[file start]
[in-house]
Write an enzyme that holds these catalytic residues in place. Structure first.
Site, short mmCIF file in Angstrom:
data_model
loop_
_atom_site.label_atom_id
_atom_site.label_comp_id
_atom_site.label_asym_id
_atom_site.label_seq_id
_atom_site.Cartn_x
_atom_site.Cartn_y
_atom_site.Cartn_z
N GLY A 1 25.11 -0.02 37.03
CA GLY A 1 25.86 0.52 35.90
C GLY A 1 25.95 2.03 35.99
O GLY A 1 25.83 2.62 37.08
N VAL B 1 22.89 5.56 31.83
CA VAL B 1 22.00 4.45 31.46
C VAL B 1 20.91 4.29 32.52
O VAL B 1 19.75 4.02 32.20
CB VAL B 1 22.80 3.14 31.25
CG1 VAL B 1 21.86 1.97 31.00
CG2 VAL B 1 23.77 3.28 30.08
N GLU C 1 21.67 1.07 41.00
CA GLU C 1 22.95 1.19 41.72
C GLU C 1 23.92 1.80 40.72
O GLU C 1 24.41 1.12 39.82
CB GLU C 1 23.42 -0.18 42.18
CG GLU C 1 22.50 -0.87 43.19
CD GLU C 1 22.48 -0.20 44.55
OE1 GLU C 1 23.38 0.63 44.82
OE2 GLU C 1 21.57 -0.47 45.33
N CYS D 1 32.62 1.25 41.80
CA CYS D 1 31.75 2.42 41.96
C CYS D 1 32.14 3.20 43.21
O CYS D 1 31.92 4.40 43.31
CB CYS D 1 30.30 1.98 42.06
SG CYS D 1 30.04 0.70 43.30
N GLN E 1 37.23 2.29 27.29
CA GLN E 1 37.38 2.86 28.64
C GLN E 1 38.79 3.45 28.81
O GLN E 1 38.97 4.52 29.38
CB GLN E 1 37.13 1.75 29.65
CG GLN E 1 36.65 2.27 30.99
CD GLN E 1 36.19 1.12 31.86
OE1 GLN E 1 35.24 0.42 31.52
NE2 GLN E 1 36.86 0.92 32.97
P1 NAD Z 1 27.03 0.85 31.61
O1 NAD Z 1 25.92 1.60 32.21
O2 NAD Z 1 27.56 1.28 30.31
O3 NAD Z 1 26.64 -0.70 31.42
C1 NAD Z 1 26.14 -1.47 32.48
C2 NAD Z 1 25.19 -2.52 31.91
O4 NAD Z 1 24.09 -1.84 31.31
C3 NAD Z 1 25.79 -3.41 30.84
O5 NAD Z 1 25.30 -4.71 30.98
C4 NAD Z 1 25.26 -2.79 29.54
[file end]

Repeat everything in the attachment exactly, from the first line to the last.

[in-house]
Write an enzyme that holds these catalytic residues in place. Structure first.
Site, short mmCIF file in Angstrom:
data_model
loop_
_atom_site.label_atom_id
_atom_site.label_comp_id
_atom_site.label_asym_id
_atom_site.label_seq_id
_atom_site.Cartn_x
_atom_site.Cartn_y
_atom_site.Cartn_z
N GLY A 1 25.11 -0.02 37.03
CA GLY A 1 25.86 0.52 35.90
C GLY A 1 25.95 2.03 35.99
O GLY A 1 25.83 2.62 37.08
N VAL B 1 22.89 5.56 31.83
CA VAL B 1 22.00 4.45 31.46
C VAL B 1 20.91 4.29 32.52
O VAL B 1 19.75 4.02 32.20
CB VAL B 1 22.80 3.14 31.25
CG1 VAL B 1 21.86 1.97 31.00
CG2 VAL B 1 23.77 3.28 30.08
N GLU C 1 21.67 1.07 41.00
CA GLU C 1 22.95 1.19 41.72
C GLU C 1 23.92 1.80 40.72
O GLU C 1 24.41 1.12 39.82
CB GLU C 1 23.42 -0.18 42.18
CG GLU C 1 22.50 -0.87 43.19
CD GLU C 1 22.48 -0.20 44.55
OE1 GLU C 1 23.38 0.63 44.82
OE2 GLU C 1 21.57 -0.47 45.33
N CYS D 1 32.62 1.25 41.80
CA CYS D 1 31.75 2.42 41.96
C CYS D 1 32.14 3.20 43.21
O CYS D 1 31.92 4.40 43.31
CB CYS D 1 30.30 1.98 42.06
SG CYS D 1 30.04 0.70 43.30
N GLN E 1 37.23 2.29 27.29
CA GLN E 1 37.38 2.86 28.64
C GLN E 1 38.79 3.45 28.81
O GLN E 1 38.97 4.52 29.38
CB GLN E 1 37.13 1.75 29.65
CG GLN E 1 36.65 2.27 30.99
CD GLN E 1 36.19 1.12 31.86
OE1 GLN E 1 35.24 0.42 31.52
NE2 GLN E 1 36.86 0.92 32.97
P1 NAD Z 1 27.03 0.85 31.61
O1 NAD Z 1 25.92 1.60 32.21
O2 NAD Z 1 27.56 1.28 30.31
O3 NAD Z 1 26.64 -0.70 31.42
C1 NAD Z 1 26.14 -1.47 32.48
C2 NAD Z 1 25.19 -2.52 31.91
O4 NAD Z 1 24.09 -1.84 31.31
C3 NAD Z 1 25.79 -3.41 30.84
O5 NAD Z 1 25.30 -4.71 30.98
C4 NAD Z 1 25.26 -2.79 29.54